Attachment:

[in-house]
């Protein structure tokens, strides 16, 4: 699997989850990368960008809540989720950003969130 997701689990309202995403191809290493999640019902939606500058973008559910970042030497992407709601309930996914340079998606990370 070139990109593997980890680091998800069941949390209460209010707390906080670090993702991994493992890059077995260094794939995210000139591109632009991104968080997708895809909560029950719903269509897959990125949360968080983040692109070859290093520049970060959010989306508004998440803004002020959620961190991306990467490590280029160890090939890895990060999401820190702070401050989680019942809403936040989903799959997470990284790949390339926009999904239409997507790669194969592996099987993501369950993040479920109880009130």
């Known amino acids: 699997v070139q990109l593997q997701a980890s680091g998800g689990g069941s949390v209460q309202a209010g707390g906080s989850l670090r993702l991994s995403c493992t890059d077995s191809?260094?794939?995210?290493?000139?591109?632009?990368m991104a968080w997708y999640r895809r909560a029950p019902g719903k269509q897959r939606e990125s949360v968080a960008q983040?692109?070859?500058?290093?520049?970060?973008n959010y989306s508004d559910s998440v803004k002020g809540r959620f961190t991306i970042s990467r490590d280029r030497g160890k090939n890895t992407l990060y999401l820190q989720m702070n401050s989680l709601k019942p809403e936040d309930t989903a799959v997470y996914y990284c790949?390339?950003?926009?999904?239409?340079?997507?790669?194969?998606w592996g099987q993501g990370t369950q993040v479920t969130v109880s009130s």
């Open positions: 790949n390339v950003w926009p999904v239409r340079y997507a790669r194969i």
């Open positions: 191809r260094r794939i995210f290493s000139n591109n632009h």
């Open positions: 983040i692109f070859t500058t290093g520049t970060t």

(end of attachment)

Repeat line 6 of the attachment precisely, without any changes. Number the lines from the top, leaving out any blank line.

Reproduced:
């Open positions: 983040i692109f070859t500058t290093g520049t970060t």